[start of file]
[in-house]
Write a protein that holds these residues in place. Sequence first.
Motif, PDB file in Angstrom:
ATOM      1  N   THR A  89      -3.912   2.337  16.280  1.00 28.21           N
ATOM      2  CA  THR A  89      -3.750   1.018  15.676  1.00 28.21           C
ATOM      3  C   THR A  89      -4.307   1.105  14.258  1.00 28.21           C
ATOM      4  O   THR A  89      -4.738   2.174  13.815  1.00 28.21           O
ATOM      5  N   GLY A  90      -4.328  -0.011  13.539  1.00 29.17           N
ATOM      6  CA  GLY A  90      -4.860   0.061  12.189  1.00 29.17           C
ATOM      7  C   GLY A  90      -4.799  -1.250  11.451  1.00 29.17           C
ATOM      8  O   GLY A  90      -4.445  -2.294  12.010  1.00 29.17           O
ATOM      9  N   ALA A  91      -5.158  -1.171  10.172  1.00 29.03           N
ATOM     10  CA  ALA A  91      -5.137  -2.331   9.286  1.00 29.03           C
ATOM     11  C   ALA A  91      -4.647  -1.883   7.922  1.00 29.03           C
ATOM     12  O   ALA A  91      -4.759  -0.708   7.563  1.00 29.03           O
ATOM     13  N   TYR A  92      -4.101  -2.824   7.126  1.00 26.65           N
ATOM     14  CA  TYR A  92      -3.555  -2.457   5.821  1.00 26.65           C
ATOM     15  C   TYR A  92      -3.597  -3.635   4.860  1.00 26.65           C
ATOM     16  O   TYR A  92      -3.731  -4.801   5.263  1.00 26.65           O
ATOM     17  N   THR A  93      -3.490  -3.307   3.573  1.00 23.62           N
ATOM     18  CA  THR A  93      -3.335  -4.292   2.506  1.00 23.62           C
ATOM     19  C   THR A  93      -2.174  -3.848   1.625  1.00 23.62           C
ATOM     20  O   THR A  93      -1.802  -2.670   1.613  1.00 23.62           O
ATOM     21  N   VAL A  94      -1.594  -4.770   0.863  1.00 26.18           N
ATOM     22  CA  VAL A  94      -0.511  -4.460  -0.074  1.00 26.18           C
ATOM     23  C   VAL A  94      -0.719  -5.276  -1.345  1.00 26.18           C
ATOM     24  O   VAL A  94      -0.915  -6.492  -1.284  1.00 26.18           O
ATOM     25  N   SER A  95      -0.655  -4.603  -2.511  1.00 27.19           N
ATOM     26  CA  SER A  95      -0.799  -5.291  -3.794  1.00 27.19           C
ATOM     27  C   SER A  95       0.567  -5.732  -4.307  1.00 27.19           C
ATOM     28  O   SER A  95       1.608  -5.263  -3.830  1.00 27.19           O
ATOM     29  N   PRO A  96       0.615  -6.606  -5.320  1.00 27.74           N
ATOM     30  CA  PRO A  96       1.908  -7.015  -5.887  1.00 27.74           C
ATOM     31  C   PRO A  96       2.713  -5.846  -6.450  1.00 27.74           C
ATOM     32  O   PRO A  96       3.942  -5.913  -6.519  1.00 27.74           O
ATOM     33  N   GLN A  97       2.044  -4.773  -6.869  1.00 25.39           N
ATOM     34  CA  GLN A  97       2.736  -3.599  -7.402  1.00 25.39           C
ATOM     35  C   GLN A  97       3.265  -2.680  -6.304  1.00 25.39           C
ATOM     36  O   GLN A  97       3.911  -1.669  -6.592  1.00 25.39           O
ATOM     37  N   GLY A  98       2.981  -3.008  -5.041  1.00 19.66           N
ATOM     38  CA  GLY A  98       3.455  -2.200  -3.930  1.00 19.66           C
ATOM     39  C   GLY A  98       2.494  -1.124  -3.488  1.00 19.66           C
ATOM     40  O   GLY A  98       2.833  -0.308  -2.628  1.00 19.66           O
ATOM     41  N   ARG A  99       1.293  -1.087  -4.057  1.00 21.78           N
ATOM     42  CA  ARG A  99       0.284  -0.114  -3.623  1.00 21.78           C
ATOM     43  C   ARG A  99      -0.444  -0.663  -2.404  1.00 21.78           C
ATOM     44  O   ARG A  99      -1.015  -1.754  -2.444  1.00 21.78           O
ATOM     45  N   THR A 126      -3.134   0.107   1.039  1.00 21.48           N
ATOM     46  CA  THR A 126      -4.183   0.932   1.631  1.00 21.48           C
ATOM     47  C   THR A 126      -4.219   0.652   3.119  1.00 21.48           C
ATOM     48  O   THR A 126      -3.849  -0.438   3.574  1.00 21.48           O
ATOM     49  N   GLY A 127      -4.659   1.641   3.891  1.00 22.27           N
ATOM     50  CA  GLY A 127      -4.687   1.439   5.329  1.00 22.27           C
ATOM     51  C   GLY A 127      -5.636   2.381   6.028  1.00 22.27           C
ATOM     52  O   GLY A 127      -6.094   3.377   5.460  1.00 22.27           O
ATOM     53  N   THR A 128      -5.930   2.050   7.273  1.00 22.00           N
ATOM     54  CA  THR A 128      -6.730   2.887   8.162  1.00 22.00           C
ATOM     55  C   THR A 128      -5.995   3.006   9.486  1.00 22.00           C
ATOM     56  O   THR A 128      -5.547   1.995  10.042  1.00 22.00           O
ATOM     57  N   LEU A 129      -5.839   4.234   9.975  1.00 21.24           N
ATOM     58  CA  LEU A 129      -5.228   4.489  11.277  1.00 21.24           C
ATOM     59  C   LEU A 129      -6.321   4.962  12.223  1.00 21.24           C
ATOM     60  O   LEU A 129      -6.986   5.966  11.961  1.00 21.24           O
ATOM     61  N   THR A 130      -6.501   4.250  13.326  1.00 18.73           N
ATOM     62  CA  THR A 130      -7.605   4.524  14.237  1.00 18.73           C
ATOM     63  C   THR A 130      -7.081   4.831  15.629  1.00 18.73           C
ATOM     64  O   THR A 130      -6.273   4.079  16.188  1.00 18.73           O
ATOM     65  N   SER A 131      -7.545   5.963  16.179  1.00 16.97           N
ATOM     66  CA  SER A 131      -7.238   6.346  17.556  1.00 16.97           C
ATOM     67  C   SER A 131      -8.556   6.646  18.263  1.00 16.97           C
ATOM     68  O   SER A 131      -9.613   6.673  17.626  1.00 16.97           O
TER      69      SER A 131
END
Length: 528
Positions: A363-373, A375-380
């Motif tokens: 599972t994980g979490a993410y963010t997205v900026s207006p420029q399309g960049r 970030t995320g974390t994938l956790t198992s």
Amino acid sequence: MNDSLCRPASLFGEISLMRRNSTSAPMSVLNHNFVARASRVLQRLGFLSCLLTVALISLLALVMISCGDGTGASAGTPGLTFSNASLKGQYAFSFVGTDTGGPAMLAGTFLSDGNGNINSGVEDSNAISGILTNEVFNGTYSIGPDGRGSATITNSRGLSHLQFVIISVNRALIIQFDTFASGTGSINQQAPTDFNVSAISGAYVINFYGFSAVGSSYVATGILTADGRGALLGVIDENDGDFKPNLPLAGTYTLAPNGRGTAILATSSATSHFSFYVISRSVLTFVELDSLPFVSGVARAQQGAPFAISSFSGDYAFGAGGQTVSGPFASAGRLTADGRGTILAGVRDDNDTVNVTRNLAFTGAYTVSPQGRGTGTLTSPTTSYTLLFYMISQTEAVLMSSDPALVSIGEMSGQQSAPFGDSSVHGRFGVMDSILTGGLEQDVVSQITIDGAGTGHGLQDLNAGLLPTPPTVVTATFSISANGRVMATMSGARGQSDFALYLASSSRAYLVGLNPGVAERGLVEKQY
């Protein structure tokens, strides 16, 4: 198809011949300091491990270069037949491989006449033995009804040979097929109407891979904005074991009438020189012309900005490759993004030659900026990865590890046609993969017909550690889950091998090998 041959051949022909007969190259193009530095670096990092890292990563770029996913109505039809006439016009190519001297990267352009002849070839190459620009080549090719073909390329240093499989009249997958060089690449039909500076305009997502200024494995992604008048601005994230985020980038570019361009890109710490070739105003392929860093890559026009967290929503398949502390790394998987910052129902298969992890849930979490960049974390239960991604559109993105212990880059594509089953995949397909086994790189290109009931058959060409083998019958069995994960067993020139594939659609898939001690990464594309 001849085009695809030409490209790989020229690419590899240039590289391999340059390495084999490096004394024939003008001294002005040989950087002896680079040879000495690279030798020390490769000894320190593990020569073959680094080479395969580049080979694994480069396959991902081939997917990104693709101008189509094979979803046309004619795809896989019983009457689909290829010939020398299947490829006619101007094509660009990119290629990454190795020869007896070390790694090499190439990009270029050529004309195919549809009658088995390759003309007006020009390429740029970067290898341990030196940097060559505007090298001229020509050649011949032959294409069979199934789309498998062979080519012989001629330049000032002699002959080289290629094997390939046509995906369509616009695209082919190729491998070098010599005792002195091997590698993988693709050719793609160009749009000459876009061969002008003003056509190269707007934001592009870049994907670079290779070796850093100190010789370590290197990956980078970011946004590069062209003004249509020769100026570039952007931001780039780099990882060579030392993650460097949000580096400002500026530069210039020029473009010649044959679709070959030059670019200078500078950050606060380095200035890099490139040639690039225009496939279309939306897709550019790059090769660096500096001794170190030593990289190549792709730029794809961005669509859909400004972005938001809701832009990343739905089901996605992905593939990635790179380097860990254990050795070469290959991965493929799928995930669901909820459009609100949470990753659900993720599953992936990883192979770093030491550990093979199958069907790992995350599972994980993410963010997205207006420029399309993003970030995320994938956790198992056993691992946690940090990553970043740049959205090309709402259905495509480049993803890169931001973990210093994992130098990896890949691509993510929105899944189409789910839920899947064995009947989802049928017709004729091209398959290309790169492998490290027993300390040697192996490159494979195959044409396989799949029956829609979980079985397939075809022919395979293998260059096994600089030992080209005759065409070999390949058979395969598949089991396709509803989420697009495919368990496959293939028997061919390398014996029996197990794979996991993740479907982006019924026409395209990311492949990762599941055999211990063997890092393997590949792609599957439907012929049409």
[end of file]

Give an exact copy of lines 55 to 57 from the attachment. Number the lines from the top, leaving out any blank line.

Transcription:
ATOM     52  O   GLY A 127      -6.094   3.377   5.460  1.00 22.27           O
ATOM     53  N   THR A 128      -5.930   2.050   7.273  1.00 22.00           N
ATOM     54  CA  THR A 128      -6.730   2.887   8.162  1.00 22.00           C